10th graders Emma Grange and Darby Danishanko are the $250 winners of the 9/10th grade essay contest to compare technical certification with university education. The intent is to encourage students to explore the benefits of post-secondary education, comparing and contrasting two types of credentials, and then making an argument based on research data – getting students at an earlier stage in high school to start thinking about going to college or vocational training.
7th grader Elizabeth Perry is the $250 winner of the Keith Graybeal Memorial Scholarship writing contest. The intent of this 7/8th grade contest is to show living in a small town has impact on the way children perceive their place in the world and their plans for further education and life. One student essay from each Granite County middle school is chosen by their school’s selection process and forwarded for final evaluation and award through a scholarship committee. The award is maintained through PAEF’s endowment fund until the student graduates from high school.
Go Small or Go Home, by Elizabeth Perry, Graybeal Scholarship Essay Winner
Small towns are intriguing to many, some people wondering who would want to live somewhere so isolated, other wondering why they can’t be here enjoying everyone’s company. Our small town, it’s definitely interesting and beautiful. Our little town may sometimes be chaotic, but when it is, we come together as a community, supporting each other.
A very primary advantage of living in a modest area is that you have a better chance of knowing everybody. In a large town, someone doesn’t usually have this luxury. Some people may not consider thus a luxury, but it truly is. Developing unbreakable bonds means that you are always looked after. You have probably been building tightly woven relationships with friends since your very childhood. And they will never give up on you, even if you give up on yourself.
Our dreams aren’t crushed in a small town, but merely promoted. Your friends, your true friends, will advocate for whatever you want to do, whether or not they think that you really can do it, and they should support you every step of the way. There are always big dreams in a small town with a big heart, proving that you really can do anything.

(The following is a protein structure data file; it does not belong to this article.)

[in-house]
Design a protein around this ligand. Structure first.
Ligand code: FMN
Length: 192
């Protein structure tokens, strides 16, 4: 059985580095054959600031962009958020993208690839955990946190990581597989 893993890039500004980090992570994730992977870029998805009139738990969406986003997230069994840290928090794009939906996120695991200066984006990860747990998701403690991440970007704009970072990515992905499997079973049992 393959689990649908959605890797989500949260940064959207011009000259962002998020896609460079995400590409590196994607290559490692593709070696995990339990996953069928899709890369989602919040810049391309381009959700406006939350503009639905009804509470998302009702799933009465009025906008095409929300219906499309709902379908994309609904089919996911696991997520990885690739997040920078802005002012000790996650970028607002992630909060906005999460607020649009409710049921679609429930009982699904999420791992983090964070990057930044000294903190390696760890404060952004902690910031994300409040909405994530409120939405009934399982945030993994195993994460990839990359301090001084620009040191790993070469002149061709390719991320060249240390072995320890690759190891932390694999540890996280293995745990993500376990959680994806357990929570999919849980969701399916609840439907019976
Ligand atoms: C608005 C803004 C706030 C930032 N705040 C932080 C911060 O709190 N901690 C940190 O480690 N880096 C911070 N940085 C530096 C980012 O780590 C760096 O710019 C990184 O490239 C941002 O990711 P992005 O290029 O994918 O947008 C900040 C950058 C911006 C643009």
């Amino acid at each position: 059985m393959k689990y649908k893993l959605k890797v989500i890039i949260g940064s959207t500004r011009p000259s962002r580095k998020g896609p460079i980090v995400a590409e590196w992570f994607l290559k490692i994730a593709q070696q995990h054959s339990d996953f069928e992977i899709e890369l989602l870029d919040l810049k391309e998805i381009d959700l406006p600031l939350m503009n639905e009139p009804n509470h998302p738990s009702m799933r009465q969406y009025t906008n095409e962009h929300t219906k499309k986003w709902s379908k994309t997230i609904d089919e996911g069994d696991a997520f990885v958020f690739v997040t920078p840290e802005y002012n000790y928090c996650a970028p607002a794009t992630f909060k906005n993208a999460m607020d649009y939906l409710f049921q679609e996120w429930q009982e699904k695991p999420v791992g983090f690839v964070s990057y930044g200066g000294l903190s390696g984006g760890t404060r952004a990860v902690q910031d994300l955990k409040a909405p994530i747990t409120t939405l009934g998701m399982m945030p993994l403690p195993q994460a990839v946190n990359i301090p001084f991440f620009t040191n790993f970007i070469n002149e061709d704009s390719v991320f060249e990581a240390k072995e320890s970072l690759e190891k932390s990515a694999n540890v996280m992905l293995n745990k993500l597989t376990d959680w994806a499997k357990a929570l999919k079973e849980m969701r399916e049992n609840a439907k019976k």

Many people in large towns very rarely seem to improve; mainly just reliving their lives every day, while for us, everyday’s an adventure, and excitement that is just around the corner. You don’t just go to work. Say you work in town, you meet your friends all day long and get the news that wasn’t quite news yesterday. You get to see the side of almost every story, if you play your cards right. And drama? Sure, there’s drama, but eventually, we all sort it out together.
A small town is understandable, but only to those who can live in the moment, enjoys the day, or love someone forever. Only those who can allow good people to influence their lives will ever understand the small town we have here in Drummond, the most beautiful luxury anyone can ever enjoy.
Two new members have joined the PAEF Board of Directors: Jackie Walters and Cheryl Locke.
Our PAEF Board of Directors manages funds and activities throughout the year; and notably, they receive no money for their services. These are community members who believe their service and contributions of time and energy will improve the quality of our citizens’ lives. We are continually looking for representation from across the county to serve with our Board of Directors. In addition, we seek volunteers for our fund-raising activities and projects with kids. If you have an interest in serving your community as a PAEF representative, please contact us.
Free Medical Training for Granite County Residents
Partnering with the Granite County Medical Center (GCMC), PAEF is offering a FREE training program for three areas of medical service: medical assisting, emergency medical services and veterinary assisting. The 8-month program consists of online coursework, hands-on learning activities, volunteer service and field trips. The program shall be delivered through field experts and computers are available at GCMC for coursework. Online courses can be completed at your own pace; other activities shall be scheduled for group and individual instruction. Upon completion, residents will be prepared for job application or entry to a higher level of medical training. High school students may qualify for school credit and volunteer hours. Funding for this year’s program is made possible through the Steele Reese Foundation – 2018 Idaho and Montana Grant Program.
Eligibility includes any Granite County resident who earns less than 25,000 annually and high school students (16 years and older). There are 12 to 15 openings beginning September 5, 2018. To apply, contact Program Coordinator, Krisi Mainwaring at (406) 210-7228 or firstname.lastname@example.org
Upcoming Fundraising Activities: Come support our efforts!
Summer Concert Concessions - August 18, 2018
Pint Night at the Philipsburg Brewery – September 27, 2018
Come on — be part of the PAEF movement!
Apply for funds, volunteer for fundraising events, and think about becoming a donor.
PHILIPSBURG AREA EDUCATIONAL FOUNDATION NEWSLETTER
Volume 19 Issue 1